Zwift’s a massive multiplayer online cycling game where riders from around the world translate their real-time exertion data on their bikes into a 3D social gaming environment. It’s been out in beta for about the last year and they’re finally launching a new paid subscription service now that they’ve got a year of testing and a strong community to support the service.
The game is primarily controlled via smart trainers like Wahoo’s KICKR or KICKR SNAP, although traditional trainers with speed sensors will work as well, albeit less immersively. Data is transmitted from the trainer or speed sensor to the game via ANT+ technology. Once the game is downloaded and the ANT+ dongle is inserted into your console, you’re pretty much off to the races.
Zwift users can ride around a fictional island named Watopia, designed by Zwift and complete with every element you’d expect in the real world, including the rumble of wood planks as you cross fully rendered bridges. The other option is a complete model of the 2015 UCI World Championship course in Richmond, Virginia. This course is precisely the same as the one the pros raced earlier this year, right down to the cobbles on Libby Hill. You’ll ride in either course depending on the day you log in.
On the course, there’s a climbing segment and sprint segment as well as an overall leaderboard. You can watch yourself rise through the ranks, resting between these efforts, or go all out and try to snag a great overall time. Along the way, you can acquire aerodynamic advantages by drafting other riders or unlocking time trial bikes and other achievements as you accrue mileage in the game.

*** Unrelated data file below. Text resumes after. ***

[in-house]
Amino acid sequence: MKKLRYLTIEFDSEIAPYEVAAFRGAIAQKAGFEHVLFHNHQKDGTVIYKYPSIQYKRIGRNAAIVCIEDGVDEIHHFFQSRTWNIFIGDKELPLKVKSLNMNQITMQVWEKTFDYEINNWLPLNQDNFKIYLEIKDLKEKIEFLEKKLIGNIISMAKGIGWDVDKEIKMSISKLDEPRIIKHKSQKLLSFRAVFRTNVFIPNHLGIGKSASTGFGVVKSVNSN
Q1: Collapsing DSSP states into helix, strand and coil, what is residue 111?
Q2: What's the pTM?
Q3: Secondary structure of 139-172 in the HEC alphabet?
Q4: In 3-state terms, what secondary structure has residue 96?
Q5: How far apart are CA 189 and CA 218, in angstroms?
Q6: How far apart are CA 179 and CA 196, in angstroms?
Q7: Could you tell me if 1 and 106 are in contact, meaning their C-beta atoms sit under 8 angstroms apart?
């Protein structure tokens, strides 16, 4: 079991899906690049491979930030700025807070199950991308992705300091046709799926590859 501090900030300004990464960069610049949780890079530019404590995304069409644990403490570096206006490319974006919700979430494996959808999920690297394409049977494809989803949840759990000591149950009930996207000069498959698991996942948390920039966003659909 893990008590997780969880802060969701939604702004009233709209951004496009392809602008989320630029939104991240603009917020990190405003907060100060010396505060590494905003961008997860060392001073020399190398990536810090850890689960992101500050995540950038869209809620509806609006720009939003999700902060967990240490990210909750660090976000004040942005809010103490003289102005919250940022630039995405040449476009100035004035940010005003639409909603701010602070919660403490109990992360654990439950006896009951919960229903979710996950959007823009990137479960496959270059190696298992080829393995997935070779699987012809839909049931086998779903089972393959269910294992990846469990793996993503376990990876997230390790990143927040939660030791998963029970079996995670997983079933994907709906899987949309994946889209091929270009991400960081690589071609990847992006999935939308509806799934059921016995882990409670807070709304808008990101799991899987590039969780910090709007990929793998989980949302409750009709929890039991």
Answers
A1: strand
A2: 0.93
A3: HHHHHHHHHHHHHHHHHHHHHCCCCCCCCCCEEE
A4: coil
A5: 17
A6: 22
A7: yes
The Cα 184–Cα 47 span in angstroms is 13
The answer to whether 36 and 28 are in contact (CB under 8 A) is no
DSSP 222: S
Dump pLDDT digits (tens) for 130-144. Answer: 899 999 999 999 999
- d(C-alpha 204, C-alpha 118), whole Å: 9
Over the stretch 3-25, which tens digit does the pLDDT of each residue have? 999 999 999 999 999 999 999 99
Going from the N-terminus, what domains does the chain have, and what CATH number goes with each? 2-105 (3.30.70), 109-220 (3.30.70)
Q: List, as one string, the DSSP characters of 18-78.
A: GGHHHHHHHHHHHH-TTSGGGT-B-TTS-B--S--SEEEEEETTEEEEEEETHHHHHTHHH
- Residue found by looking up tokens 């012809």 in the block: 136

The latest, however, is that they’ve released a new workout mode and are getting a ton of pickup on it from users. This basically takes the game from a global social race and adds a highly effective training tool on top of it. Other users will be able to see when you are doing a workout by color coded hologram screen out front, so they’ll know when you’re giving it a hard effort. These workouts are stocked inside the game itself and adapt to a whole host of fitness goals, relying primarily on Functional Threshold Power improvements as the main metric of success as you continue to use the game and amp up your wattage output on the bike. Look for user-generated/created workouts in the future, but a specific release date hasn’t been pinpointed for that yet.
On top of all that, hosted events on Zwift are on the rise, with users scheduling massive online group rides via social media and Zwift themselves holding regular group events. Thousands of people are signing up and, at any given moment, hundreds of people from all over the world are riding in the game environment.
All new accounts get a free 50 kilometer trial and, if you’re a Strava Premium member, there’s a two-month free subscription on top of that. After that however, it’ll cost users worldwide $10/month or, in the UK, £8/month.”